How to cope when political tensions impact family relationships

Sophia Iannelli, senior public relations major. Courtesy of Allison Ewing Photography.

Zach Zdanowicz Reporter

“I know mom voted for Trump.” Sophia Iannelli, senior public relations major, woke up to this text from her sister and it was the last thing she wanted to see the morning after the presidential election.

“I had always assumed they were more conservative and I was proven correct,” Iannelli said. “It puts a strain on the relationship because every time you disagree with someone who is close to you, it can cause arguments or make things uncomfortable.”

Leading up to the 2016 election, a survey conducted by ABC and featured on The Atlantic stated that “37 percent of Americans had experienced increased tension with relatives or friends because of the campaign.”

Disagreeing with parents’ beliefs can cause strain on the relationship as it can alter the way children view their parents, questioning their moral values and vice versa.

“When a person’s ideas and beliefs conflict with their families, it can be unsettling because it can cause a person to question their own belief system and view the people they respected in a different light,” said Brandi Lewis, a licensed therapist, in an article from Rewire.

Iannelli and her sister often have political conversations with their parents, hoping to allow them to see the issues they do not agree on from a different point of view.

“There’s been tears, raised voices and walking out of the rooms type stuff because it gets frustrating when you feel like somebody can’t see where you’re coming from,” Iannelli said. “I love my parents. I would argue that they are the best parents in the world. I love them wholeheartedly. I respect how they listen the majority of the time. As much as they don’t understand, they do try, and I can tell that they put in the effort to try and understand.”

Finding ways to learn from parents’ differing political beliefs can help bring balance into the relationship.

“I have to take the time to appreciate they have grown up in a completely different environment than me and my sister have,” Kristen Kubek, a junior fashion merchandising major, said. “They are on their own paths and their own journey. I feel like for the people in the older generation who grew up with conservative families, they are doing awesome. They have come really far and really settled into their own beliefs that they are still developing.”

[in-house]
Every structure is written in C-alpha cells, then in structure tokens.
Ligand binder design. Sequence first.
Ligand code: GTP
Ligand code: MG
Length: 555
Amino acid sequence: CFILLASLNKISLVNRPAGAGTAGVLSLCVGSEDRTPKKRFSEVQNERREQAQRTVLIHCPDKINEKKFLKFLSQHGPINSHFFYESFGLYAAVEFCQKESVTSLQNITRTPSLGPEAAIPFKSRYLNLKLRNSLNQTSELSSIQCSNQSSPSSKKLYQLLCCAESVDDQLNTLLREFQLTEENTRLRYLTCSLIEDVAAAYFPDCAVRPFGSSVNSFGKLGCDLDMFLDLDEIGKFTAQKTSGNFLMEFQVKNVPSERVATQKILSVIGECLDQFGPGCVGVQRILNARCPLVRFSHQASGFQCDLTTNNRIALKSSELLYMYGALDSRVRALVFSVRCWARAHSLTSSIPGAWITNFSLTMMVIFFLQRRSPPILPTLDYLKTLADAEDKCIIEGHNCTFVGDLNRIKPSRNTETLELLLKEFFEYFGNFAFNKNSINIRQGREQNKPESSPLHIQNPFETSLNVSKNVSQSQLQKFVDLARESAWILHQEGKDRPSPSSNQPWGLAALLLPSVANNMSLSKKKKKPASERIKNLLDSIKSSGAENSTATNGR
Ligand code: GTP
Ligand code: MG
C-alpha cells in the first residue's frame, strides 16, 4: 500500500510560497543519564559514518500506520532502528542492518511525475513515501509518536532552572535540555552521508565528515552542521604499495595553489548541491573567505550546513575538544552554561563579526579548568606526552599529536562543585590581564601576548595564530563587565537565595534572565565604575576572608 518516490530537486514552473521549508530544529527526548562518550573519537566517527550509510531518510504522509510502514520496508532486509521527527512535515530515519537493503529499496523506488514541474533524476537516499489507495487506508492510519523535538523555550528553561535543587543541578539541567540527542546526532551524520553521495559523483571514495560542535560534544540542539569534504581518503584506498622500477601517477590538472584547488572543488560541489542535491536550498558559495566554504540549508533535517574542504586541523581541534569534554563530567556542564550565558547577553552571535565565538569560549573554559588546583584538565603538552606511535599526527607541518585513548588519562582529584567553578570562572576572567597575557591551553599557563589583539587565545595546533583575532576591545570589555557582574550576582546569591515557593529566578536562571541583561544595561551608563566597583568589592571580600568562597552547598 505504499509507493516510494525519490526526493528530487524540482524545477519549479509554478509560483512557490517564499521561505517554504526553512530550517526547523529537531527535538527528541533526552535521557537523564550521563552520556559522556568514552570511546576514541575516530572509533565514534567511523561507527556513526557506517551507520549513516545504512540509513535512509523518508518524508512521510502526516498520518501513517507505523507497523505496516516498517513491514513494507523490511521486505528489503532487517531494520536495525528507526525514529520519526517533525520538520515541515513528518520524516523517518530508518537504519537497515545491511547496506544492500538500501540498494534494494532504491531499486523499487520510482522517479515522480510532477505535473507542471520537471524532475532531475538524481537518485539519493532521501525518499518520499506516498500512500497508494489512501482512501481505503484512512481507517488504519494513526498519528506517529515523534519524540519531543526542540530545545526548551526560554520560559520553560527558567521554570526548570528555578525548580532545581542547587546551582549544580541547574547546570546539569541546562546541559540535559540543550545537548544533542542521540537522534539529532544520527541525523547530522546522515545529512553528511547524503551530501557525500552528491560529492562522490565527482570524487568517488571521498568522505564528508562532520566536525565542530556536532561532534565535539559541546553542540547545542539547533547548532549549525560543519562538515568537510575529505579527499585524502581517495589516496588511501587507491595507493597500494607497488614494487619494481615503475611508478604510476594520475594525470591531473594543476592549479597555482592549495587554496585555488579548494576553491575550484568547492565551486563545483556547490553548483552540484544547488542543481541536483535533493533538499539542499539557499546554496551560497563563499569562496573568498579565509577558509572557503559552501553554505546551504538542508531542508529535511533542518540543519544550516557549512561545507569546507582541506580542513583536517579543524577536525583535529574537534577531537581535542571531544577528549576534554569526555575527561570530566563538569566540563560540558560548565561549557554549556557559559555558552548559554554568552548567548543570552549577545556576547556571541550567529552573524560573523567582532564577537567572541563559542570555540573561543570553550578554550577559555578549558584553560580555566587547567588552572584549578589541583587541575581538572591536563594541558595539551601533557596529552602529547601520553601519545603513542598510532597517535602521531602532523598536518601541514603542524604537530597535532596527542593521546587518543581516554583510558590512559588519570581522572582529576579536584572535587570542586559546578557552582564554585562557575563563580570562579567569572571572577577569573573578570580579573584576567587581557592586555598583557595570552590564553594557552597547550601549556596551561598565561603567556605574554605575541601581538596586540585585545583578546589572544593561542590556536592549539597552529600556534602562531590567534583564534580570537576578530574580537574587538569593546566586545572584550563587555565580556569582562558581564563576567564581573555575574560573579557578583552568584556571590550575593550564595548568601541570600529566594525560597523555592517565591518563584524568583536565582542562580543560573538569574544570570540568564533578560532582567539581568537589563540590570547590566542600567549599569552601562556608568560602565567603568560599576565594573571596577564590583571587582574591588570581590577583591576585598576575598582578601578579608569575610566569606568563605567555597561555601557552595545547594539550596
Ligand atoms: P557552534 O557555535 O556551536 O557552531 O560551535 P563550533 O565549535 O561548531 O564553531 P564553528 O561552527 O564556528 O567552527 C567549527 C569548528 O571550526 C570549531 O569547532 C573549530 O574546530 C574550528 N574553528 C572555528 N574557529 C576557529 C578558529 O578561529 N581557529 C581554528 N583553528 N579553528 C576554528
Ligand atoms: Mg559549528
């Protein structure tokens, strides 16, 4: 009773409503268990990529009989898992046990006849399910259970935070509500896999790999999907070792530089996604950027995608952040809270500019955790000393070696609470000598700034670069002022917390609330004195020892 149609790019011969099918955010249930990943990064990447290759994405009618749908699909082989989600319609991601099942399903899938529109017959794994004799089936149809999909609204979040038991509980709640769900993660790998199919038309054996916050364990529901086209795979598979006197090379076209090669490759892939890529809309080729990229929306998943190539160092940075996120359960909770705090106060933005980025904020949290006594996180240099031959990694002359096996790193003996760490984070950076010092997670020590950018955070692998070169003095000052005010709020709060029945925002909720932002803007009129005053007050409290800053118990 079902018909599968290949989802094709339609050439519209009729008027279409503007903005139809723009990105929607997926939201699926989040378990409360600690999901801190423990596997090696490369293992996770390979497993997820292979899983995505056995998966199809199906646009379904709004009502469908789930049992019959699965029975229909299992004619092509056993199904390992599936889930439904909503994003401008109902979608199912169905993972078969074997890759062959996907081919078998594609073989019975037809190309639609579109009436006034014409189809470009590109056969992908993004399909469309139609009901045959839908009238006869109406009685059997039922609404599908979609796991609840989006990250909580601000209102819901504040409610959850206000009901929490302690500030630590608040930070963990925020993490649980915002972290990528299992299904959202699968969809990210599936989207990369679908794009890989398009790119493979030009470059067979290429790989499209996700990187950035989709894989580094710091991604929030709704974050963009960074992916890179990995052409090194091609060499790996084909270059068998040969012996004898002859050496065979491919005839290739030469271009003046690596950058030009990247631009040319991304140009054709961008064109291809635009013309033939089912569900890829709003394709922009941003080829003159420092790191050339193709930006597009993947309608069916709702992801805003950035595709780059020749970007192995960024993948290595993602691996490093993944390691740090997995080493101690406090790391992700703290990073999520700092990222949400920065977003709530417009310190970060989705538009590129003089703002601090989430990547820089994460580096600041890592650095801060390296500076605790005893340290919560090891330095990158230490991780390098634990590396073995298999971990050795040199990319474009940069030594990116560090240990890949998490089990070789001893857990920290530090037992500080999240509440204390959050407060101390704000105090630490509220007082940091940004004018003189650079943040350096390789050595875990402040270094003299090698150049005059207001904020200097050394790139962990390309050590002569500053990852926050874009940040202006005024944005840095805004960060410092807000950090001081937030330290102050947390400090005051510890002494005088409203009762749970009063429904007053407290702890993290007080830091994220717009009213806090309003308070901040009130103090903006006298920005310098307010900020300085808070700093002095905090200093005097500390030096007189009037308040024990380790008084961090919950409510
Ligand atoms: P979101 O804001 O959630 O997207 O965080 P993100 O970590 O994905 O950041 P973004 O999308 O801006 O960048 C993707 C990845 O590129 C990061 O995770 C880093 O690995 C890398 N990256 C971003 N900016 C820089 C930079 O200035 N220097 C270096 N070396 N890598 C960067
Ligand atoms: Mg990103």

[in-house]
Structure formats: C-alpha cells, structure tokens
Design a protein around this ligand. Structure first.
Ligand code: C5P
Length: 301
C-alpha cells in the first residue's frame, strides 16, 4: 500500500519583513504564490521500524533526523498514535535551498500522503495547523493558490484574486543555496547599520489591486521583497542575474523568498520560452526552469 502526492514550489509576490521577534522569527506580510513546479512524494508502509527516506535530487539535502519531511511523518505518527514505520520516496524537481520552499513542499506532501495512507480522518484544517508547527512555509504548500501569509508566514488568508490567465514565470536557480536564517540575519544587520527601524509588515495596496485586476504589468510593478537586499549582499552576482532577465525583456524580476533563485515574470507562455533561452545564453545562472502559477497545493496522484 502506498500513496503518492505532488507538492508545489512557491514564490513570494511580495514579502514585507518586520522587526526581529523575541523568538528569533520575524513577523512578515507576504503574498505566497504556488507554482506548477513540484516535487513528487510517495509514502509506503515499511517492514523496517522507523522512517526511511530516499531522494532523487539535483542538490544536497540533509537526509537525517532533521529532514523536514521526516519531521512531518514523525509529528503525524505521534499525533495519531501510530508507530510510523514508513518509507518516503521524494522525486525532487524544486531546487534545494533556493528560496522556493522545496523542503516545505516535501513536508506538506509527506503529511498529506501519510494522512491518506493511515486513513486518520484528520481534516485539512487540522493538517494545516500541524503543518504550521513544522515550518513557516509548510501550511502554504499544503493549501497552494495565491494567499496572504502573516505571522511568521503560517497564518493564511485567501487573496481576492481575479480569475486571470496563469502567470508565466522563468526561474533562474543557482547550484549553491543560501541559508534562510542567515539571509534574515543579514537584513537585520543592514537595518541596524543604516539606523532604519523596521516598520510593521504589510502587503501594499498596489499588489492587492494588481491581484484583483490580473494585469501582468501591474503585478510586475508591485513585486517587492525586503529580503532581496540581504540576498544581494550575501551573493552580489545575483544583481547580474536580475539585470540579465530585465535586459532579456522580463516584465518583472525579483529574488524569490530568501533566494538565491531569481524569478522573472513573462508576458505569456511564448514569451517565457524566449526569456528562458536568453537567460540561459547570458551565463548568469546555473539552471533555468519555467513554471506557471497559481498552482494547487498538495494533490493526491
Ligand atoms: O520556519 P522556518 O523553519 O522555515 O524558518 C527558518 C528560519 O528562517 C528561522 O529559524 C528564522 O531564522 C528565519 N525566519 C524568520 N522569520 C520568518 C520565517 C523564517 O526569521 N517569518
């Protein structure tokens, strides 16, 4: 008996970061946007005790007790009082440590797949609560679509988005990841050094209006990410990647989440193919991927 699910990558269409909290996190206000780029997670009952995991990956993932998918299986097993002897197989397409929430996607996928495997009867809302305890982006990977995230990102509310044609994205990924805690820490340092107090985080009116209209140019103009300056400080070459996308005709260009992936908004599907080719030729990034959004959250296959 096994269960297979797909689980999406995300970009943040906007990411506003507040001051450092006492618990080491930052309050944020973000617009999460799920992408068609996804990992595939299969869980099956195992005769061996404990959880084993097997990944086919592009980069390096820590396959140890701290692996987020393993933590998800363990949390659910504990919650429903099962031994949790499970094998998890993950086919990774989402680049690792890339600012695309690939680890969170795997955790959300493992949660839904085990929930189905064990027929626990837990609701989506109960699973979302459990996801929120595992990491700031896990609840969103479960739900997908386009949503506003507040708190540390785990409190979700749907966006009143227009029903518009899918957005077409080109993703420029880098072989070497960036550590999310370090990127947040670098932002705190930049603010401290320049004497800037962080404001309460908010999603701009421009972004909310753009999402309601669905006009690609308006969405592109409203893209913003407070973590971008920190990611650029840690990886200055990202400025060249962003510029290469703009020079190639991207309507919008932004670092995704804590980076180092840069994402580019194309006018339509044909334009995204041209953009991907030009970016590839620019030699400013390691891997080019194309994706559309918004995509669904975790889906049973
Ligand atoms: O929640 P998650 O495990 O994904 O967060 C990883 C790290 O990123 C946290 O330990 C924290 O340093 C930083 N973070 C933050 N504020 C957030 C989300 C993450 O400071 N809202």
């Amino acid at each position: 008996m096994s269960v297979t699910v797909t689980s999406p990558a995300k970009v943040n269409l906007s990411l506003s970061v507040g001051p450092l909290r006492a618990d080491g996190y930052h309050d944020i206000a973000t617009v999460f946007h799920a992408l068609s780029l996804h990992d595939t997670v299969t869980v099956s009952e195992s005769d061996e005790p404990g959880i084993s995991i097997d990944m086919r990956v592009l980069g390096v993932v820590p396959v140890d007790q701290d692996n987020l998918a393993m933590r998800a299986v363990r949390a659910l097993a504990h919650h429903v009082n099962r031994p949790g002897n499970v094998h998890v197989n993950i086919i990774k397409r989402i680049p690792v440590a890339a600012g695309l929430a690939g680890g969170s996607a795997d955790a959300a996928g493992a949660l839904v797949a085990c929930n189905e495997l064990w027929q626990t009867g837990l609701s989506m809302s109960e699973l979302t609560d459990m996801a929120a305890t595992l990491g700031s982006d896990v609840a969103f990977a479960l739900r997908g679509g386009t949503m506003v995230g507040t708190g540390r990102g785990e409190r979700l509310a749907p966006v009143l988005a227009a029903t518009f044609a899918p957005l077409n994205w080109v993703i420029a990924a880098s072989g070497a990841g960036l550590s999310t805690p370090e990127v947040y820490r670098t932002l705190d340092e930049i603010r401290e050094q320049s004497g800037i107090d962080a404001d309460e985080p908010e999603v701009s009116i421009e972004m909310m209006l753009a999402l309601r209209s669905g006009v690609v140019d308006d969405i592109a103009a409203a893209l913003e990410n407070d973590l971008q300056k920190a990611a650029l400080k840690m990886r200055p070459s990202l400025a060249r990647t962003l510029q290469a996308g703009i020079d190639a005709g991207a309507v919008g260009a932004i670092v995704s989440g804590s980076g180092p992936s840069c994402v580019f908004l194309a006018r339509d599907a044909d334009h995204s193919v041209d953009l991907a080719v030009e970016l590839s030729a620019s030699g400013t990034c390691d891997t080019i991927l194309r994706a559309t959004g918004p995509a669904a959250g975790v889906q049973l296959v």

This does not mean there are not hard or disheartening moments, Kubek said, but it is important to know and recognize where your parents are coming from.

“I learn how to approach it [political conversations] more carefully and maybe to be a little more accepting of people who do have different views than me,” Kubek said.

Iannelli suggested having honest conversations with your parents, telling them how you feel and having the conversation in a calm and non-confrontational manner. 

“You can’t go back in time. You can’t go back and change something somebody did, no matter how bad it hurt you. You can educate. You can inform. You can have beneficial conversations,” Iannelli said. “I am not one to say forget about it. I won’t forget the decisions that my parents made this year. But I can’t go back and change their mind in the moment.”

Zach Zdanowicz is a reporter. Contact him at [email protected].


Hi, I’m Lauren Sasala, a senior journalism student from Toledo. I’m also the editor in chief of The Kent Stater and KentWired this semester. My staff and I are committed to bringing you the most important news about Kent State and the Kent community. We are full-time students and hard-working journalists. While we get support from the student media fee and earned revenue such as advertising, both of those continue to decline. Your generous gift of any amount will help enhance our student experience as we grow into working professionals. Please go here to donate.